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Sound Reinforcement - Forums for Live Sound Professionals - Your Displayed Name Must Be Your Real Full Name To Post In The Live Sound Forums => Wireless and Communications => Topic started by: Al Rettich on May 31, 2017, 08:15:05 am

Title: Telex BTR-800 C3
Post by: Al Rettich on May 31, 2017, 08:15:05 am
Hey folks, I was just wondering if anyone had the channel / frequency for the Telex BTR-800 C3 band range. I'd like to add it to my RF calculation software, but have looked for the past two evenings to get all the information I need to add to software, but cannot find channel specific frequency. Hoping someone might have it?
Title: Re: Telex BTR-800 C3
Post by: Scott Helmke on May 31, 2017, 09:51:36 am
Wireless Workbench has all of that data easily available - Tools -> Equipment Profiles, then select the Tuning tab.
Title: Re: Telex BTR-800 C3
Post by: John Sulek on May 31, 2017, 10:38:34 am
Hey folks, I was just wondering if anyone had the channel / frequency for the Telex BTR-800 C3 band range. I'd like to add it to my RF calculation software, but have looked for the past two evenings to get all the information I need to add to software, but cannot find channel specific frequency. Hoping someone might have it?

This is from 2010 off of the Bosch site
Title: Re: Telex BTR-800 C3
Post by: Brad Harris on June 01, 2017, 04:57:27 pm
"Channel Map" is the secret for Google (and other searches) with the product name for future reference (i.e. "BTR800 Channel Map" "BTR80n Channel Map", etc).

Very handy as I'd rather program BTR in default G/C rather than reprogramming all the units (when possible)

BRad
Title: Re: Telex BTR-800 C3
Post by: Ike Zimbel on June 01, 2017, 10:24:03 pm
"Channel Map" is the secret for Google (and other searches) with the product name for future reference (i.e. "BTR800 Channel Map" "BTR80n Channel Map", etc).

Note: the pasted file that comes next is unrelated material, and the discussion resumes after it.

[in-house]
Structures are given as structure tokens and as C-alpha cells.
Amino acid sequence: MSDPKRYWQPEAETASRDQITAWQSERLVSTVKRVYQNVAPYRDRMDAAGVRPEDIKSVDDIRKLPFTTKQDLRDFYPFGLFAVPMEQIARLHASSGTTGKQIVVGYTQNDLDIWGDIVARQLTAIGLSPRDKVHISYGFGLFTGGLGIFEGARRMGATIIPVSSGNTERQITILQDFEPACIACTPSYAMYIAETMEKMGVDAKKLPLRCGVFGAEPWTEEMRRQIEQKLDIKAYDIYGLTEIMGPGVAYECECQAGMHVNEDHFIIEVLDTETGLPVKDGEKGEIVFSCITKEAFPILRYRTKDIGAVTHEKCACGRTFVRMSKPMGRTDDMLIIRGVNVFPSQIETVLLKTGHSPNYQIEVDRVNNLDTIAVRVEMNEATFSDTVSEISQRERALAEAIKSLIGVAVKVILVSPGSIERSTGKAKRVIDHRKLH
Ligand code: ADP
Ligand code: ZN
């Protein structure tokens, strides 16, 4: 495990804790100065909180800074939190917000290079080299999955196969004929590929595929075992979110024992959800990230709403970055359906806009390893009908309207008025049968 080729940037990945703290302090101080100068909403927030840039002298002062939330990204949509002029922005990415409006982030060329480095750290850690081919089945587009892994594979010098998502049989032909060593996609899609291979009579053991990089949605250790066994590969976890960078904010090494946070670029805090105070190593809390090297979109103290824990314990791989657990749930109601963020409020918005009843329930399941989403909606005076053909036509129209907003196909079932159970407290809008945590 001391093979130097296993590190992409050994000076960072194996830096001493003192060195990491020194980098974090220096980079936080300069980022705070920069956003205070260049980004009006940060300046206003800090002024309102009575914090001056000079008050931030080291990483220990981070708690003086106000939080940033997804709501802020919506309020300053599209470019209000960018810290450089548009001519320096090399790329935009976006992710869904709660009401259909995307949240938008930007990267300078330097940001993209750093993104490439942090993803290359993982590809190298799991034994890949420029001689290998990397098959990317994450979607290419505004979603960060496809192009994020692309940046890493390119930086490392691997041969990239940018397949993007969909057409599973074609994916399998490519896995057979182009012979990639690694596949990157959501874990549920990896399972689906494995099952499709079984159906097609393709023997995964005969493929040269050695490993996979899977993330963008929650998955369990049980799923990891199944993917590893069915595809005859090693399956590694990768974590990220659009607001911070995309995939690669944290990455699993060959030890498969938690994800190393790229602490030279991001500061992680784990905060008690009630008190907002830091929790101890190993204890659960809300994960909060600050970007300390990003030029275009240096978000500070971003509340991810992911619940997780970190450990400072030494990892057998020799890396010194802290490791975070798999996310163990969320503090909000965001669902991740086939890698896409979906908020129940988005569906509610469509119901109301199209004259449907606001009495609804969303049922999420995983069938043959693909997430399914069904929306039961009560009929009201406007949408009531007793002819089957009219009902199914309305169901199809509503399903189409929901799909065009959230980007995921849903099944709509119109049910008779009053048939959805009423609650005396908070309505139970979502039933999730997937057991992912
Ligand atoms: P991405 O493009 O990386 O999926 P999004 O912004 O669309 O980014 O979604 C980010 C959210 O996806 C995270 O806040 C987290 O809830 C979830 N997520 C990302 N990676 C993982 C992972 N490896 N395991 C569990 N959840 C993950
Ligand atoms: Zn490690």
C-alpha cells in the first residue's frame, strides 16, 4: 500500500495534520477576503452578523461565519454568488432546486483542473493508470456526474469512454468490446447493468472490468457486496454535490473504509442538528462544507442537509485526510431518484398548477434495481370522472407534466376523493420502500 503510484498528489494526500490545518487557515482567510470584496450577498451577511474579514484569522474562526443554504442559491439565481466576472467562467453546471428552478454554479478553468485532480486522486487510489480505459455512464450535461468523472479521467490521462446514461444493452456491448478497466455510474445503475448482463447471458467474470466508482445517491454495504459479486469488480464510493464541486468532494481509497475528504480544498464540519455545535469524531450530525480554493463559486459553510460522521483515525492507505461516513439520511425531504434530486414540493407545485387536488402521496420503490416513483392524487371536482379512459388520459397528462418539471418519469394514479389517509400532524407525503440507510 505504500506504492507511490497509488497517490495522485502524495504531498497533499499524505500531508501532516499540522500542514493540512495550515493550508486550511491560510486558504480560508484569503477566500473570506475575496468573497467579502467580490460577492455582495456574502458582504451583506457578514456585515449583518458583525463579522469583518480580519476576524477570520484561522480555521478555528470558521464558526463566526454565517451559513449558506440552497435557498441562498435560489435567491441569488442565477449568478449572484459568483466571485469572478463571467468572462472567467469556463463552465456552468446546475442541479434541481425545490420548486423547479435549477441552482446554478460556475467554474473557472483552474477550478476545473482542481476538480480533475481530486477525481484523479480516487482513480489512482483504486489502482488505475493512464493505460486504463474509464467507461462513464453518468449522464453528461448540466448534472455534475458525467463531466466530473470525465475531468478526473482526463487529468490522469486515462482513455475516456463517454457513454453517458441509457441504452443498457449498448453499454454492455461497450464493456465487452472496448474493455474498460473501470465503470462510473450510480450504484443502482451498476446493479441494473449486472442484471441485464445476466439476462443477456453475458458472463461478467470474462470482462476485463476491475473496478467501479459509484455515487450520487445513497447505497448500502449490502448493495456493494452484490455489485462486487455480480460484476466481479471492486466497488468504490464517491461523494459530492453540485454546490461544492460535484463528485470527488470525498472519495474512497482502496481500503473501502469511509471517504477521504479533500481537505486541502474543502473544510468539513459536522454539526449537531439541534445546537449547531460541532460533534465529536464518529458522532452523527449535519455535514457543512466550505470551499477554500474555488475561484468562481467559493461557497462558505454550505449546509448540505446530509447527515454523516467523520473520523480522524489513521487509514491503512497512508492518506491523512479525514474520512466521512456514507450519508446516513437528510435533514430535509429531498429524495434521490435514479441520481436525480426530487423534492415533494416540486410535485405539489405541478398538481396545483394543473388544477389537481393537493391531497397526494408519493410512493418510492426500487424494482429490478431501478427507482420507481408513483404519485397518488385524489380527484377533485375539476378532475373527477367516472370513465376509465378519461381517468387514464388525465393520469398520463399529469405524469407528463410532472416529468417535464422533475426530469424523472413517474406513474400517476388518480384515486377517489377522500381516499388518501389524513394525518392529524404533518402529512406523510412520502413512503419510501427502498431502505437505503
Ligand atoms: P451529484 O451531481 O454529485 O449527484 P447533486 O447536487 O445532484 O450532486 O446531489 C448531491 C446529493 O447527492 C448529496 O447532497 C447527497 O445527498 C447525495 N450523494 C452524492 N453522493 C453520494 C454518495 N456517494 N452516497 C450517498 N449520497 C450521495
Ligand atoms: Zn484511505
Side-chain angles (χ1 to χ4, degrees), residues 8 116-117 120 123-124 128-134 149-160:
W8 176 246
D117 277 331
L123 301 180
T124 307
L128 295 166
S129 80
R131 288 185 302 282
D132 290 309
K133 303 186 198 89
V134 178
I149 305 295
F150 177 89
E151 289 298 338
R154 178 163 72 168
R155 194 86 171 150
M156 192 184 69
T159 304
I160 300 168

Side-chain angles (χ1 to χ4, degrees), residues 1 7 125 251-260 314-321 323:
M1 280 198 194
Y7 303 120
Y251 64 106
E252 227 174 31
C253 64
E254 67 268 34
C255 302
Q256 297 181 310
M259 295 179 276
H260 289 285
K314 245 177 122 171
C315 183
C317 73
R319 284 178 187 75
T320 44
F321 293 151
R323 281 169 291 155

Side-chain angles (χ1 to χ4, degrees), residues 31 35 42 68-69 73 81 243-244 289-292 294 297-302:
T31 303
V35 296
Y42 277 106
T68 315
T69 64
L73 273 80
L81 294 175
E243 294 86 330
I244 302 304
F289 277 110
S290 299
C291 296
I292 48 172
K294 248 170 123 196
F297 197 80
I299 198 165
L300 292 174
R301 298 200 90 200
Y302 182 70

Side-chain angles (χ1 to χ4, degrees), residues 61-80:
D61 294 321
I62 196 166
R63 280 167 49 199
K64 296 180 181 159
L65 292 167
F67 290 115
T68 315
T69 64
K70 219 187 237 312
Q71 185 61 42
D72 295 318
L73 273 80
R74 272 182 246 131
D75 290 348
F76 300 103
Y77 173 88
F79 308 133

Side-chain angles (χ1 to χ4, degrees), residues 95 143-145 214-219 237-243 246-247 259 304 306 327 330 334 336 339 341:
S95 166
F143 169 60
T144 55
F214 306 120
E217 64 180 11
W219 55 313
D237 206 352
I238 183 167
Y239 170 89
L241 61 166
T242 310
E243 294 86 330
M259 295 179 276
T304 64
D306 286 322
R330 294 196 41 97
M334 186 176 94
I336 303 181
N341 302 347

Very handy as I'd rather program BTR in default G/C rather than reprogramming all the units (when possible)

BRad
Man, I hate to be the bearer of bad news but you guys DO realize that every BTR band split except E-88 is going to be a no-fly zone as soon as the post 600MHz auction re-pack takes place, right? And that E-88 is a no-fly in many major cities in the US because the belt-packs are in Ch-14,15,16, which are reserved for public safety? Sorry for the buzz kill... :'(
Title: Re: Telex BTR-800 C3
Post by: Paul McDermott on June 02, 2017, 04:24:32 pm
Man, I hate to be the bearer of bad news but you guys DO realize that every BTR band split except E-88 is going to be a no-fly zone as soon as the post 600MHz auction re-pack takes place, right? And that E-88 is a no-fly in many major cities in the US because the belt-packs are in Ch-14,15,16, which are reserved for public safety? Sorry for the buzz kill... :'(

The "3" band has 11 Mhz of bandwidth in the Gard Band Between Uplink and Downlink of the auctioned 600 Mhz.
Title: Re: Telex BTR-800 C3
Post by: Cameron Stuckey on June 02, 2017, 05:50:55 pm
The "3" band has 11 Mhz of bandwidth in the Gard Band Between Uplink and Downlink of the auctioned 600 Mhz.

Actually only 10MHz in the Duplex Gap(2MHz in the Guard band), and then 6MHz unlicensed(4MHz exclusively Part 74), and then only 20mW power limit in the Guard Bands and Duplex Gap. 2MHz of spectrum for the "1", and 6/10MHz of spectrum for the "3".

And the 20mW limit poses an interesting dilemma with the TR-825 and TR-800. Both the packs transmit up to 50mW with an auto-power reduction based upon RSSI of the basestation. So frequencies may be legal, but transmission power would not always be legal.